Now ask yourself what happens if you solve those graphic captcha´s that asks you to mark "all pictures that contain apples". Of course those captchas have been preset to a certain degree. For example the program knows that picture2 and picture6 contain apples. The third one, was singled out by an internal algorithm that determined "this contains the object "apple"". Now it asks you, to verify it.

Any questions left?

I must note, there are some factual errors in this explanation, for the sake of "simplicity".



posted on Dec, 11 2016 @ 12:58 PM
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a reply to: verschickter

Actually thst made sense and helped.

thank you.



posted on Dec, 11 2016 @ 01:04 PM
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a reply to: Flanker86

You couldn't have that more backwards if you tried. The only way to have a truly autonomous UAV capable of air to air combat is with an AI, or near AI.



posted on Dec, 11 2016 @ 01:12 PM
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Think about the post above for a while, before you read the next paragraph. I´ve posted this in another thread (you´ll soon discover I bet).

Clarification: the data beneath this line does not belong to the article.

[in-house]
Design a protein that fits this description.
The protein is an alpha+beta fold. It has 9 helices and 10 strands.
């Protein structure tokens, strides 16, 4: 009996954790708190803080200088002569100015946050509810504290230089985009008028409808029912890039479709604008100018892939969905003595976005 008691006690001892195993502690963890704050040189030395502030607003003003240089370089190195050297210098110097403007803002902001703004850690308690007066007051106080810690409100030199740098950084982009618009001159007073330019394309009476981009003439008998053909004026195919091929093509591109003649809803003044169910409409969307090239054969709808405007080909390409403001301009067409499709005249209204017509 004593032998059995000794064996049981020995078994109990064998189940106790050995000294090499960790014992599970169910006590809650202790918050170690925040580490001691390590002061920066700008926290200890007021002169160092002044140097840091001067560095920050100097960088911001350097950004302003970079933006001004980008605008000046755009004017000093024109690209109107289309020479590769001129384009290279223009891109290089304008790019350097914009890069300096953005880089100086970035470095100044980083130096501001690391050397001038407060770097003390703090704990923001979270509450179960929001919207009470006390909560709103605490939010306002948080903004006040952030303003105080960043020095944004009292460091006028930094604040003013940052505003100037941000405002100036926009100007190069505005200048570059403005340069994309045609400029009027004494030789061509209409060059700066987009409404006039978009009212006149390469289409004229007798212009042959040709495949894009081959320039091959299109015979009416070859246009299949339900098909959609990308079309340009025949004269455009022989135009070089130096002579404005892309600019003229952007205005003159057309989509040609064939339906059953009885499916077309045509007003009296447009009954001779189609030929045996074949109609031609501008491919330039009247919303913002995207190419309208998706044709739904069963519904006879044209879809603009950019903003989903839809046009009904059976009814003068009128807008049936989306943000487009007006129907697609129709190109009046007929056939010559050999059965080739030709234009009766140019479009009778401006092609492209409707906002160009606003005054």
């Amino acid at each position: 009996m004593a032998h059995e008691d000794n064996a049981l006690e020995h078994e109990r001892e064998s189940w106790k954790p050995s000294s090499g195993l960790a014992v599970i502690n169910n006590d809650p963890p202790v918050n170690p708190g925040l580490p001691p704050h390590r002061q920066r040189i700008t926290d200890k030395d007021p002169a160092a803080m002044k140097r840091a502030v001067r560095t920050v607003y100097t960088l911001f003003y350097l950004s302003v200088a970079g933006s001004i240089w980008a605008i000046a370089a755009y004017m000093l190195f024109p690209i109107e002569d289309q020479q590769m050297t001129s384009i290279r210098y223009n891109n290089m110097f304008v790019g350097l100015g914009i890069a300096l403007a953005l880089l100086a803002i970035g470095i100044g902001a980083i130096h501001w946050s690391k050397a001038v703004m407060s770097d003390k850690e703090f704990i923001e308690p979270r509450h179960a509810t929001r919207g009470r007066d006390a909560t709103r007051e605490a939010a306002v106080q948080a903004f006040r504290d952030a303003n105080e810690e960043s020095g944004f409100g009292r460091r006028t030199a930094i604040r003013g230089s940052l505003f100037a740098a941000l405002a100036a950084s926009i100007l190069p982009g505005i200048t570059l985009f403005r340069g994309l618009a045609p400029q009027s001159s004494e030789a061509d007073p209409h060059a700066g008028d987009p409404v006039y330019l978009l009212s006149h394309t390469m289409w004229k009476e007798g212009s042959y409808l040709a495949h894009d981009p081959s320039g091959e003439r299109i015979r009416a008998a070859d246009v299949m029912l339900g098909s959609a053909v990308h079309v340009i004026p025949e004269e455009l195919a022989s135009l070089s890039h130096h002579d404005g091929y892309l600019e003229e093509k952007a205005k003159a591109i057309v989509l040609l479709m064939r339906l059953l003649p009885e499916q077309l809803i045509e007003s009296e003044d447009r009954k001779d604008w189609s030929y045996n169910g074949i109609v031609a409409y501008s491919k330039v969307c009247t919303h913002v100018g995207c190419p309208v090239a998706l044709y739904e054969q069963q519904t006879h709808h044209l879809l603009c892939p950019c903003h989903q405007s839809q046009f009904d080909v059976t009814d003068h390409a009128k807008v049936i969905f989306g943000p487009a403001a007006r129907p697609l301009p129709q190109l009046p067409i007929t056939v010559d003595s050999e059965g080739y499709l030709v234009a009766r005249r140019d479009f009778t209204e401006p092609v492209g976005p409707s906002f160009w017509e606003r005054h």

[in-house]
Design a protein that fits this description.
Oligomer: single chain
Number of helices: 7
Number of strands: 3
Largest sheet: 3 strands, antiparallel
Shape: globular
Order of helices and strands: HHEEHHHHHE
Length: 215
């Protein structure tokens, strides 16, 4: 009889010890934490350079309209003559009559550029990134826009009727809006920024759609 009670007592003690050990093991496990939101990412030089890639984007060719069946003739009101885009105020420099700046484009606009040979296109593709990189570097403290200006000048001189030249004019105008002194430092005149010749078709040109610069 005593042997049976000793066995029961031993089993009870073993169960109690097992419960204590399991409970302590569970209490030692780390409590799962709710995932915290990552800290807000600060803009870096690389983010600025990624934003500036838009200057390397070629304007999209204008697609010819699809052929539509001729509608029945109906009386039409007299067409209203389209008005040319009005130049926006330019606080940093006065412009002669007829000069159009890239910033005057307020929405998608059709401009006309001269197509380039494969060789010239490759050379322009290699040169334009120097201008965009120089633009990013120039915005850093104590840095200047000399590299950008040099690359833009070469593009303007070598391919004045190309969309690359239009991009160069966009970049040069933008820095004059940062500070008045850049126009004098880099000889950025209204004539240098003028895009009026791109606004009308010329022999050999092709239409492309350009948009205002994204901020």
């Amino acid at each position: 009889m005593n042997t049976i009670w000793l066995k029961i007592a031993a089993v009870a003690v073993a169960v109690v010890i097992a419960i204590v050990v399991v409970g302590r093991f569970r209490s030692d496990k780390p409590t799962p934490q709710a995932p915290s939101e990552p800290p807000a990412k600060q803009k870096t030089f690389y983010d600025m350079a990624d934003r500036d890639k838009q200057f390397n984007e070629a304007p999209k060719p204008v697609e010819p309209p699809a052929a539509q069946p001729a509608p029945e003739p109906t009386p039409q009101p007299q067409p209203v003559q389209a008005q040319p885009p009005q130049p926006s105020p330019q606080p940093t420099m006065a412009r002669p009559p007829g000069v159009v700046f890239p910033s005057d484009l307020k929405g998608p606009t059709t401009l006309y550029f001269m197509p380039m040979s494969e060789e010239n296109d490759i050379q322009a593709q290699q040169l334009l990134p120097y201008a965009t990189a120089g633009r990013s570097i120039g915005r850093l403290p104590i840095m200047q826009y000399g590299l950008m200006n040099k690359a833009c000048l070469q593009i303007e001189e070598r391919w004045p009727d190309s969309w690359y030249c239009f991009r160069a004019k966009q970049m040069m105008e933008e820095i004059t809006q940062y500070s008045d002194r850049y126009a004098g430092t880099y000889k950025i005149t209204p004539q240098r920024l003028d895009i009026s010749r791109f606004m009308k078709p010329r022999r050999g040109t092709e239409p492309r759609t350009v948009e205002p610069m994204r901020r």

Most people forget that since AI is not static but dynamic, a learning factor is involved and also reflection. I don´t know how much you´re into the topic so I´ll give you a very crude example. Probably you´ve heard about compilers and what they do (convert human readable code into machine executeable). What would happen if you(the programm in machine code) got a blueprint(the human readable) and a 3D printer (the compiler/linker) and you´re just smart(parallelism) enough to reflect(analyze) yourself. Maybe you would start making several sub copies of yourself and tell them to analyze each other, while you analyze how they perform, while, at the same time passing, down information without the need to learn but reflect since the underlying platform has changed slightly...